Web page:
Saturday, July 26, 2014
By Mark Alpert
I made good progress on my novel this week, but I have no interest in writing a post about writing now. It’s summertime and I want to talk about the movies. This week I saw two movies that couldn’t be more different: Boyhood, the Richard Linklater film that everyone’s talking about, and Dawn of the Planet of the Apes. Well, now that I think about it, there are some similarities between the two films. They’re both about family, right?
Actually, the latest Planet of the Apes installment was a great disappointment. It was too dark, not thematically but visually -- almost all the scenes in the movie take place at night or in a gloomy forest. (And I think all those 3D movies are inherently dark because the glasses block a high percentage of the light from the screen.) After stumbling out of the theater I wistfully recalled the bright colors and memorable lines from the very first Planet of the Apes, the one with Charlton Heston and Dr. Zaius. “Take your stinking paws off me, you damned dirty ape!” “You maniacs! You blew it up! Goddamn you all to hell!”
But I can wholeheartedly recommend Boyhood. It was filmed over twelve years and it follows the travails of an ordinary family, but it’s a scripted movie, not a documentary. Linklater found two child actors (one of them is his own daughter) who were willing to shoot a few scenes every year. In the opening scenes the boy is six and the girl is eight; by the end of the movie they’re both in college. Their mom and dad are played by Patricia Arquette and Ethan Hawke, and they undergo an equally familiar transition. At the start of the movie they’re good-looking but hapless parents; by the end, they’ve both gained a measure of wisdom and responsibility, but neither one is very attractive anymore.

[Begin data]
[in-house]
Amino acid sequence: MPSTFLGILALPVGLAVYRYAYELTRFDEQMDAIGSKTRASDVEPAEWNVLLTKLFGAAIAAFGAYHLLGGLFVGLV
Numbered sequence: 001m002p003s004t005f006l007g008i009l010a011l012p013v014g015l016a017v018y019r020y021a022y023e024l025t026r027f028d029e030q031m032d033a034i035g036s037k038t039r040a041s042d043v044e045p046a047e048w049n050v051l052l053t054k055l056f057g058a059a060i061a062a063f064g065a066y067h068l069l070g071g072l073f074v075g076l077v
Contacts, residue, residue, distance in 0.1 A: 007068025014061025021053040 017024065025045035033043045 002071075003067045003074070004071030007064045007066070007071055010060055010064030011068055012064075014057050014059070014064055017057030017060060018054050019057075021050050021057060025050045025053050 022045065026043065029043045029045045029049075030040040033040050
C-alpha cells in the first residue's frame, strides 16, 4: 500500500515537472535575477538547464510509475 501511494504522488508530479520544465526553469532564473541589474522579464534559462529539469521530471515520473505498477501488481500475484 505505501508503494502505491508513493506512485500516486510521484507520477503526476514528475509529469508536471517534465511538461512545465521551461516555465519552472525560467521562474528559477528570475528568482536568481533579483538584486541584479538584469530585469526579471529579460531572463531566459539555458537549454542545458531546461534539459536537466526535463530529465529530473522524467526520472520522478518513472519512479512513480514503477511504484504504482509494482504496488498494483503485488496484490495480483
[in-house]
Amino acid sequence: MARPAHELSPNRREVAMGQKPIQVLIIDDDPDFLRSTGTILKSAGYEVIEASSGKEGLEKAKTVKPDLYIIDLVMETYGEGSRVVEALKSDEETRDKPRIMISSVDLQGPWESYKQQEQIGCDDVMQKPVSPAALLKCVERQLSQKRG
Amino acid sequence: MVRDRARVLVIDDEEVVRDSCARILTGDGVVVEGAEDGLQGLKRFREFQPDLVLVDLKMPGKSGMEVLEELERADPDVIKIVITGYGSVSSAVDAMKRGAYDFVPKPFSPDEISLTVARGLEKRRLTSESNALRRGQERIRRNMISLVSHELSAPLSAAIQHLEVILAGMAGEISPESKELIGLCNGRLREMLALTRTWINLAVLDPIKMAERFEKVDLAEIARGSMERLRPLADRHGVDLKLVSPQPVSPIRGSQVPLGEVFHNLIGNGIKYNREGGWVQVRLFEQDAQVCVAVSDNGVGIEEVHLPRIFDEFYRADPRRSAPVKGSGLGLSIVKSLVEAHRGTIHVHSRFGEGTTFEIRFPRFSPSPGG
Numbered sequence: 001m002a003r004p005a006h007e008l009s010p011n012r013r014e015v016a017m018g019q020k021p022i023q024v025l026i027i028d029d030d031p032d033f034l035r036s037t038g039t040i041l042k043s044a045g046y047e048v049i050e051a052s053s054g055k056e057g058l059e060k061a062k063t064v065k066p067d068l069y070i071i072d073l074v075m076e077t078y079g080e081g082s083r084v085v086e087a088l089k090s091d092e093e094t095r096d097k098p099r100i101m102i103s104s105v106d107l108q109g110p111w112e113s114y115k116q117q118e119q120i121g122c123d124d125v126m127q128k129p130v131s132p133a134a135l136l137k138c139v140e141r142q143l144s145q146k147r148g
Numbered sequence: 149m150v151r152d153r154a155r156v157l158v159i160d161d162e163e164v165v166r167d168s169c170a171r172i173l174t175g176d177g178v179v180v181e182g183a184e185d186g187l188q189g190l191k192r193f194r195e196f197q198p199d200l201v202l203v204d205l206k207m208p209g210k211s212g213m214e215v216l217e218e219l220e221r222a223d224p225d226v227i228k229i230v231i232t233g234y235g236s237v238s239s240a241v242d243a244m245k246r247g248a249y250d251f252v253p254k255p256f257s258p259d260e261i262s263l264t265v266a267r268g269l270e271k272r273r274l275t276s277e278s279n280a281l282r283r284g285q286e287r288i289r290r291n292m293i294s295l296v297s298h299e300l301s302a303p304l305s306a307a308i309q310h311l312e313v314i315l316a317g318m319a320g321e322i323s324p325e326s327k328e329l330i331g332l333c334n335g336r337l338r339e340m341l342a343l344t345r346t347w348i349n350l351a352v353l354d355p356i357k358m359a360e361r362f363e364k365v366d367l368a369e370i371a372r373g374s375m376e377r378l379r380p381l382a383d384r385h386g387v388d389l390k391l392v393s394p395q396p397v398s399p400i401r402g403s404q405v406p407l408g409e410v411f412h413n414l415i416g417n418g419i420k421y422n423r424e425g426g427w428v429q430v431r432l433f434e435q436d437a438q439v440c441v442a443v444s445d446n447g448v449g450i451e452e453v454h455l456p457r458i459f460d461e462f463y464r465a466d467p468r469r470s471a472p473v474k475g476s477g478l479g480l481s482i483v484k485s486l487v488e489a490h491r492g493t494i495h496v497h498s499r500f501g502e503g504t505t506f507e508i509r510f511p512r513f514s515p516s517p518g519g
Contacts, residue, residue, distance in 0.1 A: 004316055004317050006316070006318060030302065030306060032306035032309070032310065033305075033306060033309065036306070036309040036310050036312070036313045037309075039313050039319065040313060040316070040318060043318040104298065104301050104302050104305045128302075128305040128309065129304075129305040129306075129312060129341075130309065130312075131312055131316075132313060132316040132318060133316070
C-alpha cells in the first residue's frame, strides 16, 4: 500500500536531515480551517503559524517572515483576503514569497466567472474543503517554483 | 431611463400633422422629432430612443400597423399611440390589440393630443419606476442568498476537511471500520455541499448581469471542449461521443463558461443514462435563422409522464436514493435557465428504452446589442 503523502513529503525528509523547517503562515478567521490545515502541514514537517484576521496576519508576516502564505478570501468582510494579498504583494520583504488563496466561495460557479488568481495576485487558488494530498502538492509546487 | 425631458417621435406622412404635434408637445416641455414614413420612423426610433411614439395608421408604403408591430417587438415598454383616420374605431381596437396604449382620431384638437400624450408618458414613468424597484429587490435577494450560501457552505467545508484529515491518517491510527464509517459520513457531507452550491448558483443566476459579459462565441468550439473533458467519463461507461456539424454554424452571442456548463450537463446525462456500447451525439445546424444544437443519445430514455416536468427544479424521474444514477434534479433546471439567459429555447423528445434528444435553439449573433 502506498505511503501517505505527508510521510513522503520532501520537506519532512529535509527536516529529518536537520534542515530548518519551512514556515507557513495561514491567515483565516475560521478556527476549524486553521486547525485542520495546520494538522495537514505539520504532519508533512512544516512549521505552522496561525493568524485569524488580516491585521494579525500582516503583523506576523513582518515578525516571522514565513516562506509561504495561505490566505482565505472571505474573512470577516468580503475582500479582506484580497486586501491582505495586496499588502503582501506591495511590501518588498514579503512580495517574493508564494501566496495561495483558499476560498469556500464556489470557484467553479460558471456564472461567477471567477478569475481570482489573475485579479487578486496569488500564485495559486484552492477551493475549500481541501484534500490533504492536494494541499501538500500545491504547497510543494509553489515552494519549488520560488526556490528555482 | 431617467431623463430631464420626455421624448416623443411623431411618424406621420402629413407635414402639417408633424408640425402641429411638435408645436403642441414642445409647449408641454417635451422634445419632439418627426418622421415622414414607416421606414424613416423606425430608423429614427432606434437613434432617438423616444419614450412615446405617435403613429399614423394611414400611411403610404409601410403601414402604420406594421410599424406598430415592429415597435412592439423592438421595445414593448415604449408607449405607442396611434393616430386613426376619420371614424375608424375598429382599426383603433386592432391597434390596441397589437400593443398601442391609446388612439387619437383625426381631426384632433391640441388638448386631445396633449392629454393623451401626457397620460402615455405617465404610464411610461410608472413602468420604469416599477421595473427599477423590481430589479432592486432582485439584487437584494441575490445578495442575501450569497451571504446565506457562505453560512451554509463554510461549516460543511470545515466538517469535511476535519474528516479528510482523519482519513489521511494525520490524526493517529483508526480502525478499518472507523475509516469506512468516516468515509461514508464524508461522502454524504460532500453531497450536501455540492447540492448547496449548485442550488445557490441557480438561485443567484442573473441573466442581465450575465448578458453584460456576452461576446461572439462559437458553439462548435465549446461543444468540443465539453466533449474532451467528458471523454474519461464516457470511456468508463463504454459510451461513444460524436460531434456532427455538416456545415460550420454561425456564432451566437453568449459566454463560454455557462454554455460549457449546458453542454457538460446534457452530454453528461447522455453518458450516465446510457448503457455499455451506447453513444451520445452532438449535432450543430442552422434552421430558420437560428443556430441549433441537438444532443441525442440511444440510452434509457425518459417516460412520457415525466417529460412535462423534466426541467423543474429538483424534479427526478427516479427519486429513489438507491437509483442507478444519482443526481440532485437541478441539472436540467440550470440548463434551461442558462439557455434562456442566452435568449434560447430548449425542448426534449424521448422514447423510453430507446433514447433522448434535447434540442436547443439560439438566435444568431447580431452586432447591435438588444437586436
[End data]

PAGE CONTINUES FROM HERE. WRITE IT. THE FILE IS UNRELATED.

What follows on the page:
It’s a long movie, almost three hours, and I admit I was a little bored at times. The story of this family has a few dramatic moments -- notably (spoiler alert!) after the mom enters into a second marriage with an older man who turns out to be a violent drunk -- but most of the film shows the commonplace milestones of growing up, such as birthdays and camping trips and high-school football games. When the boy hero Mason Jr. goes to a new middle school he gets bullied a little, and when he’s a bit older he drinks beer with some other teenagers, but nothing momentous happens in either scene. The bullies never really hurt Mason, and there are no negative consequences to the drinking incident. These scenes aren’t part of a big plot puzzle, they’re just interesting episodes from a typical adolescence. But the scenes stick with you afterwards, because they remind you of similar episodes from your own past.
I found this approach very refreshing. In my novels I spend so much time constructing the plot and making sure that every scene advances the story. But in Boyhood the story is life itself, so it’s okay to have lots of loose ends.